If I am a foreign person and I purchase a farm with a house on it, will I be liable for the surcharge purchaser duty?

If you purchase land used for primary production you will not be liable for surcharge purchaser duty, even if the land also has other uses. There is a requirement, however, that the dominant use of the land is for primary production if it is zoned rural. For non-rural land, there are also some other requirements to satisfy the definition of land used for primary production.

When does the liability arise?

Liability for duty arises when a transfer of dutiable property occurs. If this transaction is evidenced by a written instrument, liability arises when the instrument is first executed. For a contract for sale of land, the exchange date (or contract date) is when the liability arises.

When must duty be paid for 'off the plan' purchases undertaken by foreign persons?

Duty and the surcharge purchaser duty must be paid within 3 months after the liability to duty arises. For contracts entered into on or after 21 June 2016, the liability date is not extended for foreign persons purchasing “off the plan”.

What if one of the purchasers under an  'off the plan' purchase is not a foreign person?

The duty and surcharge purchaser duty must still be paid within the 3 months after the liability arises. The extension to the liability date in section 49A of the Duties Act 1997 does not apply to transactions where any purchaser or transferee is a foreign person.

What if a residence was purchased by a couple and one of the spouses/partners is a foreign person?

The surcharge purchaser duty is charged only on the value of the interest acquired by the foreign person.

What if the purchasers or transferees are joint tenants and one joint tenant is a foreign person?

For the purposes of the surcharge purchaser duty joint tenants are taken to be tenants in common in equal shares and the surcharge purchaser duty will be applied to 50% of the value of the property.

Are some transactions exempt from the surcharge?

Transactions which are exempt under chapter 2 are generally exempt from the surcharge purchaser duty. There are some exceptions:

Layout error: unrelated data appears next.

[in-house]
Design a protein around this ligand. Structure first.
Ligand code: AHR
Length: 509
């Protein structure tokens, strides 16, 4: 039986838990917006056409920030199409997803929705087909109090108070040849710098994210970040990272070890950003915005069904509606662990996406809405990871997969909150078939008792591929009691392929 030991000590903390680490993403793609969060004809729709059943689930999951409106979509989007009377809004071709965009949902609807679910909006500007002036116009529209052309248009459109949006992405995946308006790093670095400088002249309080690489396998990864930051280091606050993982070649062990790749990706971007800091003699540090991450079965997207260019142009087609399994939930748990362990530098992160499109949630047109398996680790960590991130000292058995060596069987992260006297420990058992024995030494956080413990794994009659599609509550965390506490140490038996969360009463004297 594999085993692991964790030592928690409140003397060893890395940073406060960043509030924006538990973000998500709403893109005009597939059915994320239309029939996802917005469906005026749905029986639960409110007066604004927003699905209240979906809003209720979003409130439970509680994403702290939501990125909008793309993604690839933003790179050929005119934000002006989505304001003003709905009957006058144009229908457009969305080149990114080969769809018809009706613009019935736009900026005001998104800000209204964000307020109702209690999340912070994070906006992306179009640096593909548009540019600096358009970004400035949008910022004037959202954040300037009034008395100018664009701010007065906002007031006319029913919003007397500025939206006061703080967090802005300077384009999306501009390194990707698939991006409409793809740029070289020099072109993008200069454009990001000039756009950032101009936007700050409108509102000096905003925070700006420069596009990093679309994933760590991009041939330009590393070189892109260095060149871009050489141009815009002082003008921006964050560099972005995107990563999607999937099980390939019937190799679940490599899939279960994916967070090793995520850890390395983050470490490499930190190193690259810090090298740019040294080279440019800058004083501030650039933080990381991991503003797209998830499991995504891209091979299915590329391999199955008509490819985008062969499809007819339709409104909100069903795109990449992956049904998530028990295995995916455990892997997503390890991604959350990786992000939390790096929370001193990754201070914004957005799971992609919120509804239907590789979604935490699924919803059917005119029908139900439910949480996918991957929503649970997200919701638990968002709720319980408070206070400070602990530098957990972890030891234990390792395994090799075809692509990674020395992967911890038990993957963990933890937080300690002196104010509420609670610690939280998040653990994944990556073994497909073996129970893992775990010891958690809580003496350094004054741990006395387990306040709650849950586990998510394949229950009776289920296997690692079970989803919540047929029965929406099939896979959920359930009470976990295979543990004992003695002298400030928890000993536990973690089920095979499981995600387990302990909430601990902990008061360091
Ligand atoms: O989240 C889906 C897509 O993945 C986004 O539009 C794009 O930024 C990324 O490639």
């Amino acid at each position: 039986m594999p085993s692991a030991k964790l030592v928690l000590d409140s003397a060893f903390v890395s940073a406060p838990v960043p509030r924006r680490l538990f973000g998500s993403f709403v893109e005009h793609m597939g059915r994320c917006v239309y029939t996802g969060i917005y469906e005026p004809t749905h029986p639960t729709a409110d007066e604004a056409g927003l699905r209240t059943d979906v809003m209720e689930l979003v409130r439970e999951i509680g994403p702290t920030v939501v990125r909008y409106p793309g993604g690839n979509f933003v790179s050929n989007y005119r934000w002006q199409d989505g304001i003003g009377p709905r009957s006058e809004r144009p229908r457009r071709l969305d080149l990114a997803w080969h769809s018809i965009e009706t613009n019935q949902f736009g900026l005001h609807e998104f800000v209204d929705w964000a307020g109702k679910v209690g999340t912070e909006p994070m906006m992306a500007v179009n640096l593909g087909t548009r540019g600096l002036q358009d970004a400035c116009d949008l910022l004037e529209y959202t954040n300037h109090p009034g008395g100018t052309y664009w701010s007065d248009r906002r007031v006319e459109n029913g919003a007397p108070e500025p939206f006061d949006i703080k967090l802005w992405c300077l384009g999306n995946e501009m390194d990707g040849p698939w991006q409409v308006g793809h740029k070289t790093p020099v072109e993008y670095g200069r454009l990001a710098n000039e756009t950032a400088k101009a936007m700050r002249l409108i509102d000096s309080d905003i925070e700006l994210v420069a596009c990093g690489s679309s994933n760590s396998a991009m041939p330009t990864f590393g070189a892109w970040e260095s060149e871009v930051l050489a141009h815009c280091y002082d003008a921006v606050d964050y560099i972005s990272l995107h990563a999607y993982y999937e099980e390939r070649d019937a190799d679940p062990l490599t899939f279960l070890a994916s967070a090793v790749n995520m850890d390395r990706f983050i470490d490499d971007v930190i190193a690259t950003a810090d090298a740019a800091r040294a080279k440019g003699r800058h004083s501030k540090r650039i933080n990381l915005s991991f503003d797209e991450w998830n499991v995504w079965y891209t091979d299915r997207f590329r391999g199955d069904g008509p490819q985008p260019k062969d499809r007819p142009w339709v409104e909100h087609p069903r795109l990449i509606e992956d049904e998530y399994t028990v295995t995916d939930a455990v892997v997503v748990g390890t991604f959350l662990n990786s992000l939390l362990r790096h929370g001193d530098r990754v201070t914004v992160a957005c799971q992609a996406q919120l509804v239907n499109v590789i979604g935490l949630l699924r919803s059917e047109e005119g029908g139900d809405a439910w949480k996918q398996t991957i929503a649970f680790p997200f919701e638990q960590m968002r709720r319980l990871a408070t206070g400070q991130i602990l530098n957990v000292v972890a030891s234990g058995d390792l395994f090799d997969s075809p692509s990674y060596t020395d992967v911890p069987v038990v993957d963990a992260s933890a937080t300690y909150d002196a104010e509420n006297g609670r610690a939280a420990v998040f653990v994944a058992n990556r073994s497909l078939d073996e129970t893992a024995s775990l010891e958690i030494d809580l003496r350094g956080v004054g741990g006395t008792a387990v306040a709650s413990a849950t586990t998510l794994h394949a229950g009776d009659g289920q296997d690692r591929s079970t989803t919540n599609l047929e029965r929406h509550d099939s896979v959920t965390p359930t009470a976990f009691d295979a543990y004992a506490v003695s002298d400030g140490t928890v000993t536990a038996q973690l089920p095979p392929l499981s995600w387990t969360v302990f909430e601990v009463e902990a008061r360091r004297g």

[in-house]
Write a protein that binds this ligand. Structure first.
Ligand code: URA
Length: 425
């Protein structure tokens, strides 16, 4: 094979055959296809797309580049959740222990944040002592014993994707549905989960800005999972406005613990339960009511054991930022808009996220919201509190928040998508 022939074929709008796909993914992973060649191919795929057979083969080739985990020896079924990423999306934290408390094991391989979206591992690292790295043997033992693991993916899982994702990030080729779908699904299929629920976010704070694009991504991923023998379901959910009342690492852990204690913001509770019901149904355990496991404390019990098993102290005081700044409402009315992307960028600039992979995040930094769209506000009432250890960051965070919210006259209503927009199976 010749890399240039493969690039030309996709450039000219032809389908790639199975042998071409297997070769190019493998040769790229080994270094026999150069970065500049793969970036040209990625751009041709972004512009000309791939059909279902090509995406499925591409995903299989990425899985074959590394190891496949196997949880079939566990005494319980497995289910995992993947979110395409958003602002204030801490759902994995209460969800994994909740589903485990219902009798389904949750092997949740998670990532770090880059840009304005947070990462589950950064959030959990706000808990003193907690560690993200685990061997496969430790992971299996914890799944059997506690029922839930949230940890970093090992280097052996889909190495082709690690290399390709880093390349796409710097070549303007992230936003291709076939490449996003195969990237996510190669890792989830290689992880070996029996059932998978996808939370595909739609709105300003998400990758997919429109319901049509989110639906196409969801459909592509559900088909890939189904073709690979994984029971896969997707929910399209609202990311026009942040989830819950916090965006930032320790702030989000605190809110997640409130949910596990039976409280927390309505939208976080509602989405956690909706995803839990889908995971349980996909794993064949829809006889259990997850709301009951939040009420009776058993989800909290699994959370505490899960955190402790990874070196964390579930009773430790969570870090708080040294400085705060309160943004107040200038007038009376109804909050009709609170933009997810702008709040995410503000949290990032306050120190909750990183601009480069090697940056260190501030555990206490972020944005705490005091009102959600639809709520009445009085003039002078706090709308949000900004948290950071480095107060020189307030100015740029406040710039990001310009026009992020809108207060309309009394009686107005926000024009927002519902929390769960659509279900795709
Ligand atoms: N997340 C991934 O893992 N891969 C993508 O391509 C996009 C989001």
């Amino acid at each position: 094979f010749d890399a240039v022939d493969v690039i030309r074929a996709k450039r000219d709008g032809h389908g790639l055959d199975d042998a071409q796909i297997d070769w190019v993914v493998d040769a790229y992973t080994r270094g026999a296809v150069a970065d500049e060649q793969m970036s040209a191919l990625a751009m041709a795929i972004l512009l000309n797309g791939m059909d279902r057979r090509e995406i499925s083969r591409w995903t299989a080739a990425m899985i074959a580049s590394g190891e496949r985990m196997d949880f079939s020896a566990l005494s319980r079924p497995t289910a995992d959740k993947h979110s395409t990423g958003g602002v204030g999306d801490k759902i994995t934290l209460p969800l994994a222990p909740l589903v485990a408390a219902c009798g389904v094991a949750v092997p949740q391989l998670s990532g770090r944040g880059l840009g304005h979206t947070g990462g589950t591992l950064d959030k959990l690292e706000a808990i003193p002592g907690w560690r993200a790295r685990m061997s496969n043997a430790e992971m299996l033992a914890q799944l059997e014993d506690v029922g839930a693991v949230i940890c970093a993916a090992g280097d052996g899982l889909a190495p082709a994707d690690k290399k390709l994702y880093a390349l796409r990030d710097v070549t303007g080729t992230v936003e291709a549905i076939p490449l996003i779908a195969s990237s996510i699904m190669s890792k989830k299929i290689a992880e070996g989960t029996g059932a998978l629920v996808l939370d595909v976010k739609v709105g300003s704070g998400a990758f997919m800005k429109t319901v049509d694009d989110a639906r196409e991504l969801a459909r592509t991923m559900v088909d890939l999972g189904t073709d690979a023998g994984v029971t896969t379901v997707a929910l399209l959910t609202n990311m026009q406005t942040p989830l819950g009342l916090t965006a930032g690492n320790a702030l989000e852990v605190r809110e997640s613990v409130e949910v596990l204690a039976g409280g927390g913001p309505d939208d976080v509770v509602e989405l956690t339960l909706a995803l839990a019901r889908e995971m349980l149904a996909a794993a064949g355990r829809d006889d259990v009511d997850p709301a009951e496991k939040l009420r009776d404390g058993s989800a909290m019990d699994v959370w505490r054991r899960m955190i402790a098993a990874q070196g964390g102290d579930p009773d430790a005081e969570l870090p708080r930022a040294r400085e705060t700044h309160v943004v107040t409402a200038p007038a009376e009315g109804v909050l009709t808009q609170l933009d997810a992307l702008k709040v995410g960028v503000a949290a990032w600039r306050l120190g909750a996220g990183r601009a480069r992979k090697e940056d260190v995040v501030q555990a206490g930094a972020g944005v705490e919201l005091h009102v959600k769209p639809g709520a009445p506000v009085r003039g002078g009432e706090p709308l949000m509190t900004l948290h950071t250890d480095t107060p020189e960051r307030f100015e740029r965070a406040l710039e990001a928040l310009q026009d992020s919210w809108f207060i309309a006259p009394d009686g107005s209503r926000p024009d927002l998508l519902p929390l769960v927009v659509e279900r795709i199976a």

1. The First Home-New Home Scheme
  2. The New Home Grant Scheme
  3. Transfers of the principal place of residence to joint names for married couples and de facto partners.

Is the trustee of a discretionary trust liable to the surcharge purchaser duty if a foreign person is a beneficiary of that trust?

Yes, from 21 June 2016, any time a trustee of a discretionary trust purchases residential property in NSW, and any beneficiary of that trust is a foreign person, the trustee may be liable to the surcharge purchaser duty.

Am I liable to the surcharge purchaser duty if I inherit a property under a deceased estate?

No, the surcharge purchaser duty will not be payable unless the trusts under the will are varied under an agreement made between the foreign beneficiary and one or more of the other beneficiaries. In that case surcharge purchaser duty will be payable on the portion of the property to which the foreign beneficiary did not have an entitlement arising under the trusts contained in the will or arising on intestacy.

Do we get a refund of the surcharge purchaser duty if the contract is cancelled?

If your contract is cancelled and you are not liable to duty on the contract, then no surcharge purchaser duty is payable. Your duty and the surcharge purchaser duty will be refunded.

If surcharge purchaser duty has been paid on the contract and none of the transferees are foreign persons would the surcharge purchaser duty be refunded?

Yes, you will get a refund of the surcharge purchaser duty if none of the transferees in respect of a transfer made in conformity or partial conformity with the agreement are foreign persons.

If the contract is made prior to 21 June and the transfer occurs on or after 21 June will there be a liability for the surcharge purchaser duty?

If the contract is dated prior to 21 June and the transfer in conformity occurs on or after 21 June, no surcharge duty will apply.

If my contract is dated prior to 21 June 2016 and a transfer under section 18(3) of the Duties Act 1997 is executed on or after 21 June 2016, is surcharge purchaser duty payable if the transferee is a foreign person?